When you’ve seen one man in a gold lamé jumpsuit…

…You’ve seen them all. Oh, is that not how the saying goes?

Well, we’re just a day in (and not even a full day) and I’ve seen enough characters to last me a whole South by. And yes, there was a grown man in a gold lamé jumpsuit. And no, I didn’t get a picture. There was also the equally aged man weaving in and out of traffic on a Segway, five people wearing virtual reality helmets, and countless techno geeks sporting wearables and hipsters donning vintage. I left DC as the sun was just appearing on the horizon and set out for Austin. Dressed in a sweater and jeans, the near cloudless 80-degree day in Austin hit me hard, but seeing as the last few weeks in DC have brought little more than rain, snow, and ice, a little heat was surely welcomed.

If absence makes the heart grown fonder, it also forgets about the insane amount of traffic congestion during SXSW. I had the best of intentions to make it to the session “How to Build a Following Around Your Idea” but just couldn’t make it from the airport through the traffic in time to find parking, get my badge, and get to the session. I was able to make it to the session “How Beautiful Tools Make Sense of Complex Data.” It seemed perfect to learn more about the increasing effectiveness of infographics and other visual tools and how we can best use those to explain heady policy issues in an engaging and informative way.

Unfortunately, I just wasn’t able to get into the presenters or their message. The description of the session was far more informative and interesting than the session itself. The key to democratizing data across an entire organization so all teams can utilize it is to make data insights more understandable. For ultimate data literacy and actionability, beautiful, simple and interactive data visualization platforms are absolutely necessary. The session was more focused on the tools to create extensive 3D-type models of data visualization than it was on what makes data beautiful and effective. So, as I learned last year, you have to know when to pick up your things and hit the road. There is far too much going on at SXSW to be stuck in a session that doesn’t pan out.

I’ve heard quite a bit about MyEdu and headed over to the session “Well-Designed: Creating Empathy-Driven Products.” The presenter, Jon Kolko, talked about the steps he took in creating MyEdu and what it was like to be purchased by Blackboard. Kolko listed ways to identify opportunities in the marketplace, design for innovation, and produce products that have lasting emotional impacts.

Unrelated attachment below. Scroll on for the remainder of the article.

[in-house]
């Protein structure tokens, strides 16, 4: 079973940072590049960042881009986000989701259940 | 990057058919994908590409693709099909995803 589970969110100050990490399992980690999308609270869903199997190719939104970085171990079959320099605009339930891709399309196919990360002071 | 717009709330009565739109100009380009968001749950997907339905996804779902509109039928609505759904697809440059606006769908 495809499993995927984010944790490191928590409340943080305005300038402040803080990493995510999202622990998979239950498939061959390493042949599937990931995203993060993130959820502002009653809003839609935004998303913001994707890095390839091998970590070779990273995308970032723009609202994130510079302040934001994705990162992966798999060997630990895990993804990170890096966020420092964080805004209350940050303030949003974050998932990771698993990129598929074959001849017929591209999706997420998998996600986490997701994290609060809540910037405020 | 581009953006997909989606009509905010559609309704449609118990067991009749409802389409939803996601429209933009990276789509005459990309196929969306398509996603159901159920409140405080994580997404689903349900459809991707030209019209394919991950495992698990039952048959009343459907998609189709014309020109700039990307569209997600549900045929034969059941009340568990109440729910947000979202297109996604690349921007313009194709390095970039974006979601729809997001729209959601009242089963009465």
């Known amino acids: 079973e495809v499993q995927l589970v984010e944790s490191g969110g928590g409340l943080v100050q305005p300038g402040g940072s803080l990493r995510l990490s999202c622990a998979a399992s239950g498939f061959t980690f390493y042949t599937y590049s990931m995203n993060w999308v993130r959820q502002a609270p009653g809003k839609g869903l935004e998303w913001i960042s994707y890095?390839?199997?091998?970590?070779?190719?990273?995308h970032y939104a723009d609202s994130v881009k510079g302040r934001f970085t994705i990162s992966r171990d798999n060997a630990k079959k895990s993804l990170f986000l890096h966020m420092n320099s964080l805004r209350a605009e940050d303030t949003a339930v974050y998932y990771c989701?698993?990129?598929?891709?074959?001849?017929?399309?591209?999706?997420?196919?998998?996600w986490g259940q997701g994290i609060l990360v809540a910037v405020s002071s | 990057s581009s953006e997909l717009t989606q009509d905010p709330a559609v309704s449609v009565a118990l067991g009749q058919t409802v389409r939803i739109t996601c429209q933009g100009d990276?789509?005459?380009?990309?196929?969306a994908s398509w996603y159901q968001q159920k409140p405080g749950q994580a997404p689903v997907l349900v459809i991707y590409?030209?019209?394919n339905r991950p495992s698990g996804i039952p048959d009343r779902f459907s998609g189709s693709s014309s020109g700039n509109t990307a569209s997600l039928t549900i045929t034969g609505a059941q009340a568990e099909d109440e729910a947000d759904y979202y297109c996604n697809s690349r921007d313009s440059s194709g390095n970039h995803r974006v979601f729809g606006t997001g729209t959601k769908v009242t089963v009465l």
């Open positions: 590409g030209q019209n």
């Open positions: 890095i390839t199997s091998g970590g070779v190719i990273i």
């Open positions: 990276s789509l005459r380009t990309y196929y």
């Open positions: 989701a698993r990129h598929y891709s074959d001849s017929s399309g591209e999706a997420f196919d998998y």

The focus of the lecture was definitely on creating tangible products, webpages, and the like – but it made me think about the way we view policy solutions and reforms, and how we market those ideas to our communities. Aren’t these ideas simply products? How would you market them differently if they were, in fact, products?

Kolko spoke of two considerations when creating a product: Product/Market Fit and Behavioral Insight

Product/Market Fit includes the broad technological and/or political infrastructure in which the product (or reform) wold launch (here I think of companies like Uber, Lyft, or AirBNB), social precedence (cultural norms matter, think of the failing of Google Glass or the acceptance of marijuana in certain states), and the opportunity for engagement by the purchaser (the choice they make to align with your brand (or your mission).

Behavioral insight aims to deep dive into your target’s psyche to determine their wants and needs. What do they value? Where do they find their identity? What would provoke that target to rethink the status quo?

When we create new policy solutions or set out to educate on legislation that impacts lives we should think about product design and behavior. In fact, Kolko later went in to what makes a good product manager, and I dare say these are the very qualities needed to be successful at getting policy solutions taken up. You need to sell, engage, learn, and listen, and get the whole team excited to do it. You need to be a good storyteller. Great product managers can tell a story about a user, what he is doing in his life today, and what he would be able to do in the future if we just got him the right product.